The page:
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Musical Theater  
 
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There has always been homosexual involvement in American musical theatre and a homosexual sensibility even in straight musicals, and recently the Broadway musical has welcomed openly homosexual themes and situations.

As William Goldman notes in his book on Broadway, The Season, the Broadway musical would not exist without homosexual involvement. Goldman speculates that homosexuals like other marginalized groups tend to congregate in areas where they feel safest, and theater has long been a homosexual stronghold.

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Although Goldman's study of one Broadway season is more than twenty-five years old, his chapter on "Homosexuals" remains one of the best discussions of gay men and the commercial theater. Still, it does not explain completely the attachment many gay men have to the musical theater or the fact that in the popular imagination a passion for showtunes is practically a marker for homosexuality.

The musical theater is, of course, by no means exclusively homosexual in its creators, performers, or audiences. Many of the best and most famous composing teams--Richard Rodgers and Oscar Hammerstein II, Alan Jay Lerner and Frederick Lowe, George and Ira Gershwin, for example--were apparently quite straight, though other accomplished Broadway composers, notably Cole Porter, Leonard Bernstein, and Jerry Herman, were and are at least predominantly homosexual.

The number of other homosexual men and women involved in the creation and performance of Broadway musicals is difficult to estimate, but surely it is very high. So great is homosexual participation in musical theater, for example, that Martin Gottfried in his biography of choreographer and director Bob Fosse speculates on several occasions how (and if) Fosse's heterosexuality made his choreography and direction different from the work of his peers.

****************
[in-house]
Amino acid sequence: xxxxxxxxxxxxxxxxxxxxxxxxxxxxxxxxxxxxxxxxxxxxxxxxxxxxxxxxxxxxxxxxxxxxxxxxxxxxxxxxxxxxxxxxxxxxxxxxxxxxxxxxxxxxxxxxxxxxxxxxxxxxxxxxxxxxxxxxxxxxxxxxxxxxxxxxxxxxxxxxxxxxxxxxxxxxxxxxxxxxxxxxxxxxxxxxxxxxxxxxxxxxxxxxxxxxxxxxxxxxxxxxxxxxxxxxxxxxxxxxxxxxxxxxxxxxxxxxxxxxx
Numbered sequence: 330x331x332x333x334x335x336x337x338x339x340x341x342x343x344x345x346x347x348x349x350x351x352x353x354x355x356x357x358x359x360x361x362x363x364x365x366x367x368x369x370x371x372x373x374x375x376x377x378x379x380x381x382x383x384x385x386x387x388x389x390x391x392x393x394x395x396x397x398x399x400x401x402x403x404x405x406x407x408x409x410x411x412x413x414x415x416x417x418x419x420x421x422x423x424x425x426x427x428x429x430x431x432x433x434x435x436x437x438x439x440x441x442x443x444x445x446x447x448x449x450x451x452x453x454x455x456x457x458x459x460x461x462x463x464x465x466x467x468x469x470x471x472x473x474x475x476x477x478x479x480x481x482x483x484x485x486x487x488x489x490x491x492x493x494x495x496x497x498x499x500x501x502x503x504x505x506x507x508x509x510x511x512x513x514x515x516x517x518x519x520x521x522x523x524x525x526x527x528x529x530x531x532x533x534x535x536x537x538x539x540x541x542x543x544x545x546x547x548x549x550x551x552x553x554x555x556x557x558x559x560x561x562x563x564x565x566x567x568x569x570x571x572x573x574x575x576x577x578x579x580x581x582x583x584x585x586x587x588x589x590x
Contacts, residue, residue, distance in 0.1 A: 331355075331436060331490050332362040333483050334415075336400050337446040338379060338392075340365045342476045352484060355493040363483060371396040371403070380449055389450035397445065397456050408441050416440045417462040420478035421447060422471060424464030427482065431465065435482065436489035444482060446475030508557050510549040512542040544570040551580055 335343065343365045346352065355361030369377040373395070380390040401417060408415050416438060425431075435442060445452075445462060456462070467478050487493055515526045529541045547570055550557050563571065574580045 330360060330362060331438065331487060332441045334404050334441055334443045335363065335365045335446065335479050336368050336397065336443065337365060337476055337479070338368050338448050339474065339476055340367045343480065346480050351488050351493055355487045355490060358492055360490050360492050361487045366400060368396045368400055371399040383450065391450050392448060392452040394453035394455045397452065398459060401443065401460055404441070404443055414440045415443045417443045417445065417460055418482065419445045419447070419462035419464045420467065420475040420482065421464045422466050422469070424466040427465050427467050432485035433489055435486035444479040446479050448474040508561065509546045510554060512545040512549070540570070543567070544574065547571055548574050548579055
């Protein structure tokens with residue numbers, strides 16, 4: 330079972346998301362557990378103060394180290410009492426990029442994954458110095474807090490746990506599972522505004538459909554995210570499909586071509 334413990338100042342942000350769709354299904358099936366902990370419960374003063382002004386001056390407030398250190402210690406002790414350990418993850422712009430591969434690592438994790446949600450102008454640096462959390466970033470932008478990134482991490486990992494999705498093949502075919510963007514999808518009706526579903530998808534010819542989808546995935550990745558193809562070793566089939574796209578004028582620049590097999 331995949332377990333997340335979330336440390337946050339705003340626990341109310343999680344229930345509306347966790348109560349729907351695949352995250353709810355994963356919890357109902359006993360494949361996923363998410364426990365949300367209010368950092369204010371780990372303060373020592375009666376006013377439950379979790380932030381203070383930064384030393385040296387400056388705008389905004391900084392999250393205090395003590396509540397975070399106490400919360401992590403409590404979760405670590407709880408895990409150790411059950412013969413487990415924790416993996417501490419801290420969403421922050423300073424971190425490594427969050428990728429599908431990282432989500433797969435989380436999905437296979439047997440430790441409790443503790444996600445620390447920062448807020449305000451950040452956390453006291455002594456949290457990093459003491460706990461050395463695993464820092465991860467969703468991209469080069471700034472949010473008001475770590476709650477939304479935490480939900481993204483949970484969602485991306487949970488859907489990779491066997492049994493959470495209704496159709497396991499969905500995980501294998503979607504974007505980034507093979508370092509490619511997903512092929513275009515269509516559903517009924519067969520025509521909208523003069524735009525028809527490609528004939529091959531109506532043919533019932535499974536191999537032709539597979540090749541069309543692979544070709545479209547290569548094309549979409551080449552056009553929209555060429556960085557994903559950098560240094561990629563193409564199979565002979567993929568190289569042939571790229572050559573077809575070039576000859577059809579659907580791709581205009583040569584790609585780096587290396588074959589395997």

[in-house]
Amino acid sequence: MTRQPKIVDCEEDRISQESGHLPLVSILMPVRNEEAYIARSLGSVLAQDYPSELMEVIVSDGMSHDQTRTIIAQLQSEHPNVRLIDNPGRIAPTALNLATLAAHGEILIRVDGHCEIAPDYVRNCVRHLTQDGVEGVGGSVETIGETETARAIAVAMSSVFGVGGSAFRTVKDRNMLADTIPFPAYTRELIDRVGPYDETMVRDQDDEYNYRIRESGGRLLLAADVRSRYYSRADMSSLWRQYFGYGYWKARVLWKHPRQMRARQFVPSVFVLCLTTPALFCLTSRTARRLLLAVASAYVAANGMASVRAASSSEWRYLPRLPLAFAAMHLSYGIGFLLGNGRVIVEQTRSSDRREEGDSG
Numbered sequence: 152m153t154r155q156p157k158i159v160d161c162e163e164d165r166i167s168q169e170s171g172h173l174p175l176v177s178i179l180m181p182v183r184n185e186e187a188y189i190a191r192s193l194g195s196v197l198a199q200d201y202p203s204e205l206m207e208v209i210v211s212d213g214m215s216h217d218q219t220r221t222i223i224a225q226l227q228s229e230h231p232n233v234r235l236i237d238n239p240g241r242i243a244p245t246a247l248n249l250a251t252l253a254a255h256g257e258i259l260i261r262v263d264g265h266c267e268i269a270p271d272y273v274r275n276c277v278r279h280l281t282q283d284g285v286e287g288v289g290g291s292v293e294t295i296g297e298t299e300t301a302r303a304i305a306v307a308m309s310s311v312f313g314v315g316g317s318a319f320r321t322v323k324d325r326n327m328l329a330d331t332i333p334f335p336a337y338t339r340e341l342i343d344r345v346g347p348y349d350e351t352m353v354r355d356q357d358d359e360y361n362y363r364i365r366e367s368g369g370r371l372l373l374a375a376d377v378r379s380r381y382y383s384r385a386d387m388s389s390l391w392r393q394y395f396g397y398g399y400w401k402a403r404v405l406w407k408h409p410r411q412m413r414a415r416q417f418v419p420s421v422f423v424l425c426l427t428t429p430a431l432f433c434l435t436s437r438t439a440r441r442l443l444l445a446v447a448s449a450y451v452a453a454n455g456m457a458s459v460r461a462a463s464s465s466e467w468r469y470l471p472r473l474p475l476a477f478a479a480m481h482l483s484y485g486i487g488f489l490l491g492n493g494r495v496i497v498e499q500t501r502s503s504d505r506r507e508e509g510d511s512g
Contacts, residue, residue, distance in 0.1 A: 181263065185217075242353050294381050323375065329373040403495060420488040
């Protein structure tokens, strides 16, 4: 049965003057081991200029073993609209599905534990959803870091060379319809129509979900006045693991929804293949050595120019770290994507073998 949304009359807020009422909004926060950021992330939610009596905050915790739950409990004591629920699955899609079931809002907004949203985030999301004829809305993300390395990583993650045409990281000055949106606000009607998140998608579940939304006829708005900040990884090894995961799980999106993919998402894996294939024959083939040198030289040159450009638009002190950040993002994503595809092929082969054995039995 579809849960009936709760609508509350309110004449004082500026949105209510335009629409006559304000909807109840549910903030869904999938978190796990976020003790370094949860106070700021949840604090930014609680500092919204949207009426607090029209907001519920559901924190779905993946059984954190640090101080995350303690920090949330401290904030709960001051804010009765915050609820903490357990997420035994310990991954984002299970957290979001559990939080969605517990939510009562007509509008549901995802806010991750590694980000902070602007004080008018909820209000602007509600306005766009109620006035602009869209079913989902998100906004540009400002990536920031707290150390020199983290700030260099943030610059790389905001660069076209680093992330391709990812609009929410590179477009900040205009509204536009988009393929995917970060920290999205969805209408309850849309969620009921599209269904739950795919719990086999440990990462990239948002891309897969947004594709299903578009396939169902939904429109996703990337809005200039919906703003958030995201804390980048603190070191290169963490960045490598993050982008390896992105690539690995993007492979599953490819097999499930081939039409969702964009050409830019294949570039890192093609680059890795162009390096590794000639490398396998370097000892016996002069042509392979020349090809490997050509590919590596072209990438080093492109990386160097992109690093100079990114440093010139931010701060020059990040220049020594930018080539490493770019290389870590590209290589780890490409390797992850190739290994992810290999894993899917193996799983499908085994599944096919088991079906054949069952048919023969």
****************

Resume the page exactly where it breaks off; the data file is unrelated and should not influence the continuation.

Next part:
Homosexual choreographers, designers, writers, actors, dancers, singers, costumers, and so on, have contributed enormously to the creation and sustenance of the Broadway musical.

But that does not necessarily explain why so many gay men enjoy the musical theater, collect recordings of the shows, savor Broadway lore, and follow the careers of particular musical theater stars. Surely these gay fans are aligned spiritually with their more frequently noted brothers, the "opera queens."

Lesbians have also been involved in the musical theater, but there has not developed among lesbians the same cultic response to Broadway musicals as there has among gay men.

How Musical Theater Has Served Gay Men

Musical theater during its peak in the first two-thirds of the twentieth century served gay men in several ways. Perhaps most important, it provided a safe place for gay men and straights to meet on a culturally neutral, although closeted, playing field.

The musical theater made male participation in song and dance--activities identified with highbrow effeminacy in many parts of American society--acceptable in a popular entertainment form that reinforced the validity of heterosexual romance. Thus, gay (as well as straight) men could engage in culturally suspect behavior and win approval for doing so.

Unlike opera, the Broadway musical made it a point to attract large audiences, becoming even more accessible to small-town gays and straights alike through national touring companies, amateur productions, cast albums, and movie adaptations.

Broadway shows and their associated lore and products also provided a connection with New York, a mecca for many gays trapped in repressive places leading what they felt were boring lives. No doubt many straight fans felt the same, but gay men learned quickly of the high gay involvement on Broadway in important creative and performing roles, a fact that made musicals additionally appealing to gay men.

Furthermore, artistic gay men could engage in "show" or "performance"--public display of their interests--in what was at once a particularly American and gay context. Opera and ballet, until very recently, were tainted with a strongly European and classist aura, but the Broadway book musical from its earliest days--as in the Jerome Kern, Oscar Hammerstein musical Show Boat (1927)--was centered in American history and culture, presenting the country's energy and myths of exploration, settlement, success, and happiness.

In participating in the musical's mythic display, gay men participated, at least vicariously, in a culture and history that otherwise tended to be silent about their own lives.

Musicals with a Homosexual Sensibility: The Example of Mame

Although most Broadway musicals feature homosexual involvement in their creation and performance, some shows more than others may be said to have a "homosexual sensibility." For instance, Herman's Mame (1966) may be said to be a "gay" musical with its fanciful period costumes, elaborate wigs, and bitchy dialogue (which found its way into at least one song, "Bosom Buddies"), and friendship between two women, Mame and Vera. Mame and Vera are less the drag queens they are sometimes accused of being than women who speak their minds.

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